This accident forced me to conduct a search for a new vehicle on a compressed schedule. I didn't have rental car coverage on my insurance, so I had to foot the bill for that. Thus, every day without a vehicle was costing me money (note: I now have rental coverage. For only an additional $3-4/month, I now think it's worth it). Our criteria for a replacement vehicle, in order, were as follows: Get something within our price range, in order to buy the vehicle outright (no loan). Get something reliable (fewer problems, fewer repairs). Get something with good gas mileage.
We are a one-vehicle family. We realize that will probably have to change at some point, but we'd like to delay it as long as possible due to the additional expenses another car would bring with it. So we had to decide between a) buying a nicer, larger vehicle now and a cheaper second car later, or b) buy a cheaper car now and a nicer, larger vehicle later. The question was, how long will it take our family to outgrow a sedan? We initially tried to split the difference by finding a Subaru Outback, PT Cruiser, or similar hatchback-type vehicle. On the former, we couldn't find any that had less that 120,000 miles on them that were within our price range. On the latter, we found several at a good price, but decided the quality of these vehicles wasn't quite what we were looking for (we relied a lot on Consumer Reports' used car ratings). On the SUV front, Honda CR-Vs were similarly only available with very high mileage. I would have been willing to bite the bullet on a minivan, but CR says only the Toyota Sienna and Honda Odyssey are good, and late models of these vehicles are still high priced. Plus, I hate those Sienna commercials.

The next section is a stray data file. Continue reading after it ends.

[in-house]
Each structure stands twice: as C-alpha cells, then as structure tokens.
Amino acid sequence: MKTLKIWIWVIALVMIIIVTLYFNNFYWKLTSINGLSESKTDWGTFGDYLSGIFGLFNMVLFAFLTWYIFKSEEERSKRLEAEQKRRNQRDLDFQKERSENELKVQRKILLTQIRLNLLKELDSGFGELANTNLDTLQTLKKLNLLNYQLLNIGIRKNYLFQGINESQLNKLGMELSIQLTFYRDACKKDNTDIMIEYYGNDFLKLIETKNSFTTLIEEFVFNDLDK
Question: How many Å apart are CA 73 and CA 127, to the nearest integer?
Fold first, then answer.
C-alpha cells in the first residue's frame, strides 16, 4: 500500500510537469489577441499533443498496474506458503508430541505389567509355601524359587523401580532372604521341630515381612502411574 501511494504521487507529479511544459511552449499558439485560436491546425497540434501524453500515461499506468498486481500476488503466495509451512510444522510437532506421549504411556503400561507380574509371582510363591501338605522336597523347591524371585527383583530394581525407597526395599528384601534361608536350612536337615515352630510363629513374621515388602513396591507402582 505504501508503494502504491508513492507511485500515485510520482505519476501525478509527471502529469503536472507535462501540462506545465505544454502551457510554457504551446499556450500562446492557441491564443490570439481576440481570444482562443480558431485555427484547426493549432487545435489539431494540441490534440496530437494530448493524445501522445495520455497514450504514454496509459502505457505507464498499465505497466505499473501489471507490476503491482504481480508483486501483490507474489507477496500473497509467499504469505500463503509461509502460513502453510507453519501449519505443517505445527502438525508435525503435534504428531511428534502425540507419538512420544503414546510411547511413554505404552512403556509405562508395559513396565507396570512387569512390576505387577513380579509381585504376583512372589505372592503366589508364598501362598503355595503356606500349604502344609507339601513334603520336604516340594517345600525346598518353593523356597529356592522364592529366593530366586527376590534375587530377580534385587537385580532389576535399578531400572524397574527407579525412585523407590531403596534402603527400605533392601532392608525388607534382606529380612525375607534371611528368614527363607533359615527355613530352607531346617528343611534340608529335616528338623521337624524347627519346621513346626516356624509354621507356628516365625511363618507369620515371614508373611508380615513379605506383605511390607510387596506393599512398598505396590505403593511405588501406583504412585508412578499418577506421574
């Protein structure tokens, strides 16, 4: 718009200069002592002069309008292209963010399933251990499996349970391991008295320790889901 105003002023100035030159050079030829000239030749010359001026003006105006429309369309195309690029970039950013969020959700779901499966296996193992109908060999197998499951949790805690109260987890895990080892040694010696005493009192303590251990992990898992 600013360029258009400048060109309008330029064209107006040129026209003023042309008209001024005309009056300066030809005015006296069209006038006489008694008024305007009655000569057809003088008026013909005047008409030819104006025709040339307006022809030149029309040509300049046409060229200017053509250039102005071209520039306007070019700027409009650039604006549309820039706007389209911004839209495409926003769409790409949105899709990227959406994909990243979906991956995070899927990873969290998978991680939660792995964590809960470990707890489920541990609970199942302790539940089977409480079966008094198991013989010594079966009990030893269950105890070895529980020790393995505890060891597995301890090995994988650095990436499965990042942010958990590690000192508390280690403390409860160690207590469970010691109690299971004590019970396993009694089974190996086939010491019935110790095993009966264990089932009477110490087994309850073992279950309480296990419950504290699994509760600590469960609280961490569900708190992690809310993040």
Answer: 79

Some other models we considered: Mazda 3 (no AC or ABS in mid-2000's base models), Scion xA (too small), Mercury Grand Marquis (kinda ugly). In the end, we found this:
It's a Kia Sportage. It seats five, has side and curtain airbags, and supposedly gets 25 mpg highway (I'm monitoring actual performance in this category). It has fairly high miles on it, but the dealership did a lot of work on it after acquiring it as a trade-in (brakes, tires, drive belt). I rather like the color, too. CR said these vehicles were no good in their initial production prior to 2003. The model was revived, however, in 2005 and has gotten good marks since that time. So far, it's working out pretty well.
If you had asked me two months ago if I wanted to get into a car accident, I would have said no. But looking back, it worked out fairly well for me. This cloud had a thick silver lining.